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IceCube is a cubic kilometer of ice burried under 1400 meters of the snow to remove interference - Courtesy NSF
A new experiment in Antarctica may reveal the answers to the most consuming question in physics today

PhysOrg is reporting about an ambitious new neutrino detector experiment near the South Pole.  By positioning sensors along a 1 cubic kilometer patch of ice buried below the Antarctic ice flows, NSF researchers anticipate detecting high energy neutrinos as they collide with atoms in the ice flow. 

High energy neutrinos are sub atomic particles.  Scientists are interested in cosmic neutrinos -- remnants of galactic explosions and other phenomena.  Typically, high energy neutrinos pass through the Earth without colliding with a single particle.  IceCube and other various neutrino detectors attempt to spot a neutrino as it collides with water molecules in the ice.  Only a few high energy neutrinos have been spotted in all detectors to date, but scientists find these collisions extremely useful because particle accelerators cannot propel neutrinos to speeds found naturally with these high energy neutrinos. 

The collisions of particles found in IceCube will be studied to see if they support or disprove string theory.  String theory is a proposed Theory of Everything -- a way to describe all physical phenomena in one concise set of laws.  In a nutshell, string theory claims that the universe is not made up of small particles, but rather small strings that vibrate.  The vibrations of these strings compose all physical matter and forces of the universe.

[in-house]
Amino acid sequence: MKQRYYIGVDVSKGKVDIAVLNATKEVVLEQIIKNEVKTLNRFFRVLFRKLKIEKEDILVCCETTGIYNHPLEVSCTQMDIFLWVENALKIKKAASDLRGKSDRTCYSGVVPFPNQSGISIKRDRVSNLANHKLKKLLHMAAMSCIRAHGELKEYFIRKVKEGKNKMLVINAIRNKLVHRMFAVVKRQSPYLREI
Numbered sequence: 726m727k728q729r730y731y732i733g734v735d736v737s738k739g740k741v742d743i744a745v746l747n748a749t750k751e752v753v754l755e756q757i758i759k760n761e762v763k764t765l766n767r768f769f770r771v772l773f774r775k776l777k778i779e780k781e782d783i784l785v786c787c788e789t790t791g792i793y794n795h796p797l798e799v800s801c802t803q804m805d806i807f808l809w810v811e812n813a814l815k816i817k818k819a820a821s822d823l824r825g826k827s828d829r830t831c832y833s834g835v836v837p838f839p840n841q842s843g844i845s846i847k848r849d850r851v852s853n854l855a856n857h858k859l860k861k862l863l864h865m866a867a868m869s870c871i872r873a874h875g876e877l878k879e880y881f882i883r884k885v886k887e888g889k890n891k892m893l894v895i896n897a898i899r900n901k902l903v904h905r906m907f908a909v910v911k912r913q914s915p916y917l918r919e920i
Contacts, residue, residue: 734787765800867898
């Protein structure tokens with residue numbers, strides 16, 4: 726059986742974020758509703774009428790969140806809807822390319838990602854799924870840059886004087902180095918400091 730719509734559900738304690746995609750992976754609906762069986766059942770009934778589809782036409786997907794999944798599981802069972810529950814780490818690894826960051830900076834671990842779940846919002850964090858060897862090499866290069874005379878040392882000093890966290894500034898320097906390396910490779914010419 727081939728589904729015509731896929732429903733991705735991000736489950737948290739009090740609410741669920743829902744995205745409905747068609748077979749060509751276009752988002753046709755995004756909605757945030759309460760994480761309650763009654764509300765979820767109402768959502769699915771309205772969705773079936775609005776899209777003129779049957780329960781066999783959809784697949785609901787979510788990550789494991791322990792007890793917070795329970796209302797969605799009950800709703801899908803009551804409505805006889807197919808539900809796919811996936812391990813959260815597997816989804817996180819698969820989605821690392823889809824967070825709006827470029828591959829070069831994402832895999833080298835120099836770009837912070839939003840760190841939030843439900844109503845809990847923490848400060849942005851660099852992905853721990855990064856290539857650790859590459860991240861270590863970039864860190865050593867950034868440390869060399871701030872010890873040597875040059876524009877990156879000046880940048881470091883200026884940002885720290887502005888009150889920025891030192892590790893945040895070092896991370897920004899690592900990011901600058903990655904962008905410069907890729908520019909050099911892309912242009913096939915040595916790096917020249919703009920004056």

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Some responses
By clubok on 1/29/2006 4:13:42 PM , Rating: 4
I hopefully have something useful to contribute to the subject, since I did my Ph.D. research in string theory. On the other hand, I have been out of the field for several years, so my information is a bit outdated.

First, string theory has nothing to say (directly) about the existance of God, or the evolution-creation date - no more than Newton's laws or Einstein's theories of relativity do. It may affect the discussion indirectly, in that it may help us better understand the Big Bang - an event that many creationists dispute.

Second, why do so many physicists "believe" in string theory? Because they know that there is a serious problem with the theories that are better verified. Quantum field theory gives amazingly accurate results - especially for very small things - as long as we don't look at places where gravity is very strong. General Relativity gives amazingly accurate results - especially for gravity - as long as we don't look at things that are too small. Try to combine the two, and we get mathematical nonsense. This makes it impossible to describe small things with strong gravity, like the center of a black hole, or the Big Bang. String theory is widely considered to be the most likely candidate for resolving this impasse. There are other candidates, but none have any more evidence than string theory.

String theory may not be true, but the inconsistency of gravity and quantum theory tells us that there must be something beyond what we know. String theory is simply the most likely candidate for what that something is.